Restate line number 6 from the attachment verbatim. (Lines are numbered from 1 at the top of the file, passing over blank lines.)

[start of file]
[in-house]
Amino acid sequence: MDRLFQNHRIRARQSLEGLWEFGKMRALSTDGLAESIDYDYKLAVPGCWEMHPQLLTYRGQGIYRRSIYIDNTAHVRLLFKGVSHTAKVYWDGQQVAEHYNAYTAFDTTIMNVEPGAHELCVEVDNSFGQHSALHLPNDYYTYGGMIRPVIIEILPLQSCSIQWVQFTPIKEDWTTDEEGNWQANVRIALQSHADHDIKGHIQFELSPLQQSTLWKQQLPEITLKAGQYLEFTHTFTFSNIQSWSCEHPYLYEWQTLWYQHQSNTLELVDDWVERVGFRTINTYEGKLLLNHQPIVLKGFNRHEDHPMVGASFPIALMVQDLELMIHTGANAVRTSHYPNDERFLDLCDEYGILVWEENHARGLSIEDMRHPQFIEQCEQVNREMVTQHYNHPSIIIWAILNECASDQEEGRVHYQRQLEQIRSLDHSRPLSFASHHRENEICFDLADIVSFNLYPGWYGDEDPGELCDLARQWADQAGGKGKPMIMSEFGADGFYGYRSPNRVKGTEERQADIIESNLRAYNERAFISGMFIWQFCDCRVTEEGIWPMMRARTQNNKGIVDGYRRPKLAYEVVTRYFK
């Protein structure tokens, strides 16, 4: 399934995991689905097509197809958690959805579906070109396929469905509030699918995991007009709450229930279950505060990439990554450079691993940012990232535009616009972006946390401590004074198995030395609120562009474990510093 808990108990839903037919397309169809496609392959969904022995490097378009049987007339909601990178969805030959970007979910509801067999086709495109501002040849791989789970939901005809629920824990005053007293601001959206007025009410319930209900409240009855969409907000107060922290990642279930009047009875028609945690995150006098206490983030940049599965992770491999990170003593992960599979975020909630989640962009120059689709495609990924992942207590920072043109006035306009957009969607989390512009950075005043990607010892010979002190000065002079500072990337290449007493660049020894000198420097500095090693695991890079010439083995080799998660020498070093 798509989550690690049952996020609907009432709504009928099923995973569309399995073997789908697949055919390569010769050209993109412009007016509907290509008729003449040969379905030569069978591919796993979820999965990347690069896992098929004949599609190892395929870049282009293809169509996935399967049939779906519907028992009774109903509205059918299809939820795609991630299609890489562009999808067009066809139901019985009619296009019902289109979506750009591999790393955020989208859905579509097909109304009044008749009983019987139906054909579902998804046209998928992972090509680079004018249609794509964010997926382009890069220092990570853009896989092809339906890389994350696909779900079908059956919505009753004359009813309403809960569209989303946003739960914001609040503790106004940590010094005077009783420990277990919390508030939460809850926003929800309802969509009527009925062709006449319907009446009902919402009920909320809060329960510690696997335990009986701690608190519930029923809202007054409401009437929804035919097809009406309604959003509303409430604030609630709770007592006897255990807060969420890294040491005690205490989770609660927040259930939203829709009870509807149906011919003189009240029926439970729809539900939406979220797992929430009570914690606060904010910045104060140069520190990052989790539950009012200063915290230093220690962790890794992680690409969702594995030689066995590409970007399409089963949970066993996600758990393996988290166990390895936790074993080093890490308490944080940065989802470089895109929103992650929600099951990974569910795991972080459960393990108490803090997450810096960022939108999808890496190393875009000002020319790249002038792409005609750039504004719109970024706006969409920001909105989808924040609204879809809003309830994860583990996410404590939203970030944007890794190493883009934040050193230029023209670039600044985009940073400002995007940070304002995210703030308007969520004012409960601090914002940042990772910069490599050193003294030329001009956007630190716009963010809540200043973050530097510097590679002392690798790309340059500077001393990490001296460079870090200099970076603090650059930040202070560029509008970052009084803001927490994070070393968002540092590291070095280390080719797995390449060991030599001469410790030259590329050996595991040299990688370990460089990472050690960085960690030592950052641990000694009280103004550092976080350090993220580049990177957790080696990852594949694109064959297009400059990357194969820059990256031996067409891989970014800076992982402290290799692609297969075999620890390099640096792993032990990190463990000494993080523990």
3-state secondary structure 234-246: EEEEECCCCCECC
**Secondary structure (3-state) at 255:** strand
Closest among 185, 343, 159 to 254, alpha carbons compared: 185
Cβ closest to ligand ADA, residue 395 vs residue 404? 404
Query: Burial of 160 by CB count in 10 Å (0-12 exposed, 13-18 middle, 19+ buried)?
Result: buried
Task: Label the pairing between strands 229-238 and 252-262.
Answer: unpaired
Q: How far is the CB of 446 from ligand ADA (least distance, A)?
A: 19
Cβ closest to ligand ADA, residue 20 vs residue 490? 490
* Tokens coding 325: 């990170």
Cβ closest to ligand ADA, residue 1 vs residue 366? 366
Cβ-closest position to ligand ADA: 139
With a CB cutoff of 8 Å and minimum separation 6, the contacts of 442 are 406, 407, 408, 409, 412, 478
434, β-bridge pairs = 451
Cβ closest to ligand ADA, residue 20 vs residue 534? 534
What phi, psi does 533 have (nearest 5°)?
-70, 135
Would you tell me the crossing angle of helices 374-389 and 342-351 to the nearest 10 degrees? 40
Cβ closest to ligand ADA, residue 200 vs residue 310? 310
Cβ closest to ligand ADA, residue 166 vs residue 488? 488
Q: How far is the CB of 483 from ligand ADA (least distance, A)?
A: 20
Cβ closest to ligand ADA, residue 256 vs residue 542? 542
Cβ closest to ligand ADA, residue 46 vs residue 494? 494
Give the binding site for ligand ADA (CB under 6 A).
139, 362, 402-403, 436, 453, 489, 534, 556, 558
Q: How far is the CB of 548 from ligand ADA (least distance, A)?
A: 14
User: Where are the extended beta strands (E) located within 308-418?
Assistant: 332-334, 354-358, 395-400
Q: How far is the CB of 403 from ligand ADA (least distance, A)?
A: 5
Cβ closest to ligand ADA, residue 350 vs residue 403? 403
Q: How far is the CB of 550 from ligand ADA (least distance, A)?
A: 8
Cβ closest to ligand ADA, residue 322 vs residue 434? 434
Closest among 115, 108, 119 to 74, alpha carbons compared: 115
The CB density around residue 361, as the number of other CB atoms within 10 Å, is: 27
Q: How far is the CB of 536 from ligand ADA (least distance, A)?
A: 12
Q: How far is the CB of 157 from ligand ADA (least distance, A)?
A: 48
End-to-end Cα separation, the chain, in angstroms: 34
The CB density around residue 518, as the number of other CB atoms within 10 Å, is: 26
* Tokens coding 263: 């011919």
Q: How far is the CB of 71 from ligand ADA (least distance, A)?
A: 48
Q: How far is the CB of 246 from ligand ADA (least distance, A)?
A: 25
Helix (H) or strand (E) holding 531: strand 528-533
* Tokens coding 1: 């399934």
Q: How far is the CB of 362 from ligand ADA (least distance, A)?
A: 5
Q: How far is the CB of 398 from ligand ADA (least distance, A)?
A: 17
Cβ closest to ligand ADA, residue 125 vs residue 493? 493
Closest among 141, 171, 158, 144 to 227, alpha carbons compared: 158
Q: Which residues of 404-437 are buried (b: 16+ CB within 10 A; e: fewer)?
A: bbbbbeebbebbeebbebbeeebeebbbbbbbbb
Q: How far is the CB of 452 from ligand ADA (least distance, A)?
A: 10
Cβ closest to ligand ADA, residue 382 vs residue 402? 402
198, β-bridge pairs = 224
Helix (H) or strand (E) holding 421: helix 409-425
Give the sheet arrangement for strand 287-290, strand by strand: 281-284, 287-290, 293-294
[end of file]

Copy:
Closest among 185, 343, 159 to 254, alpha carbons compared: 185